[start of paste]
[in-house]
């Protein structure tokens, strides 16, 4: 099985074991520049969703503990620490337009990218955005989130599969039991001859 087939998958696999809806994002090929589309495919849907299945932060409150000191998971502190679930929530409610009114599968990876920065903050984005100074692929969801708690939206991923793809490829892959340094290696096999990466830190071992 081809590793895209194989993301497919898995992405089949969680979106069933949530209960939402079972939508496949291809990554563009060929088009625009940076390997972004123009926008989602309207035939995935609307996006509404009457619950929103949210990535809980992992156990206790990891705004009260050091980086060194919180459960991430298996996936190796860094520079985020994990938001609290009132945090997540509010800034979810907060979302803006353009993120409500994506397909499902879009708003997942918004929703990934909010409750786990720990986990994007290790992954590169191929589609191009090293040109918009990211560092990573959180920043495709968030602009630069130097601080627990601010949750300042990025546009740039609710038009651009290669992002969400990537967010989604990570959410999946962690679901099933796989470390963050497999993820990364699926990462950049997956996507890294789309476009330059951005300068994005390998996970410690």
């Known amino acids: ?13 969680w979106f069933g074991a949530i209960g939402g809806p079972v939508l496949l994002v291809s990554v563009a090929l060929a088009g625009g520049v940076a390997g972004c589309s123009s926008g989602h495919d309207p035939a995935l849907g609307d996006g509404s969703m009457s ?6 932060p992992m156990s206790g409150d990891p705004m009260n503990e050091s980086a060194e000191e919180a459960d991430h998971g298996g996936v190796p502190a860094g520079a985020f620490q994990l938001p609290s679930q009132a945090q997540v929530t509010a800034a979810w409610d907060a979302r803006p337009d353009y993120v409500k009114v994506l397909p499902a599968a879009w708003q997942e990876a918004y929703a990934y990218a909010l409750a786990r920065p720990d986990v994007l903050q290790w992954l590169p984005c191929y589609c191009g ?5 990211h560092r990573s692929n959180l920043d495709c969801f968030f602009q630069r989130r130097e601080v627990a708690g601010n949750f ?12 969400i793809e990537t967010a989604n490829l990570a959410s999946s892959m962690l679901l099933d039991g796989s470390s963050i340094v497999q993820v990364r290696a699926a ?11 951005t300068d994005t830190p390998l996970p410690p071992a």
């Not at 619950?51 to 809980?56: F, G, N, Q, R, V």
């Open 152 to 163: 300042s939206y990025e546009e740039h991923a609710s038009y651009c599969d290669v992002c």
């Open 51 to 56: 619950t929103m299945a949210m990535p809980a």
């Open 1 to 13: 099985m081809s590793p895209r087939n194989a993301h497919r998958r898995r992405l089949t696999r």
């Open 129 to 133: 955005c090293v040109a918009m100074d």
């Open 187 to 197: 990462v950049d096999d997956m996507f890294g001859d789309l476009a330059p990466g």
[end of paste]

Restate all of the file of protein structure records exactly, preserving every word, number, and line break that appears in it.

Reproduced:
[in-house]
């Protein structure tokens, strides 16, 4: 099985074991520049969703503990620490337009990218955005989130599969039991001859 087939998958696999809806994002090929589309495919849907299945932060409150000191998971502190679930929530409610009114599968990876920065903050984005100074692929969801708690939206991923793809490829892959340094290696096999990466830190071992 081809590793895209194989993301497919898995992405089949969680979106069933949530209960939402079972939508496949291809990554563009060929088009625009940076390997972004123009926008989602309207035939995935609307996006509404009457619950929103949210990535809980992992156990206790990891705004009260050091980086060194919180459960991430298996996936190796860094520079985020994990938001609290009132945090997540509010800034979810907060979302803006353009993120409500994506397909499902879009708003997942918004929703990934909010409750786990720990986990994007290790992954590169191929589609191009090293040109918009990211560092990573959180920043495709968030602009630069130097601080627990601010949750300042990025546009740039609710038009651009290669992002969400990537967010989604990570959410999946962690679901099933796989470390963050497999993820990364699926990462950049997956996507890294789309476009330059951005300068994005390998996970410690």
């Known amino acids: ?13 969680w979106f069933g074991a949530i209960g939402g809806p079972v939508l496949l994002v291809s990554v563009a090929l060929a088009g625009g520049v940076a390997g972004c589309s123009s926008g989602h495919d309207p035939a995935l849907g609307d996006g509404s969703m009457s ?6 932060p992992m156990s206790g409150d990891p705004m009260n503990e050091s980086a060194e000191e919180a459960d991430h998971g298996g996936v190796p502190a860094g520079a985020f620490q994990l938001p609290s679930q009132a945090q997540v929530t509010a800034a979810w409610d907060a979302r803006p337009d353009y993120v409500k009114v994506l397909p499902a599968a879009w708003q997942e990876a918004y929703a990934y990218a909010l409750a786990r920065p720990d986990v994007l903050q290790w992954l590169p984005c191929y589609c191009g ?5 990211h560092r990573s692929n959180l920043d495709c969801f968030f602009q630069r989130r130097e601080v627990a708690g601010n949750f ?12 969400i793809e990537t967010a989604n490829l990570a959410s999946s892959m962690l679901l099933d039991g796989s470390s963050i340094v497999q993820v990364r290696a699926a ?11 951005t300068d994005t830190p390998l996970p410690p071992a």
């Not at 619950?51 to 809980?56: F, G, N, Q, R, V």
């Open 152 to 163: 300042s939206y990025e546009e740039h991923a609710s038009y651009c599969d290669v992002c």
């Open 51 to 56: 619950t929103m299945a949210m990535p809980a």
């Open 1 to 13: 099985m081809s590793p895209r087939n194989a993301h497919r998958r898995r992405l089949t696999r």
């Open 129 to 133: 955005c090293v040109a918009m100074d």
């Open 187 to 197: 990462v950049d096999d997956m996507f890294g001859d789309l476009a330059p990466g």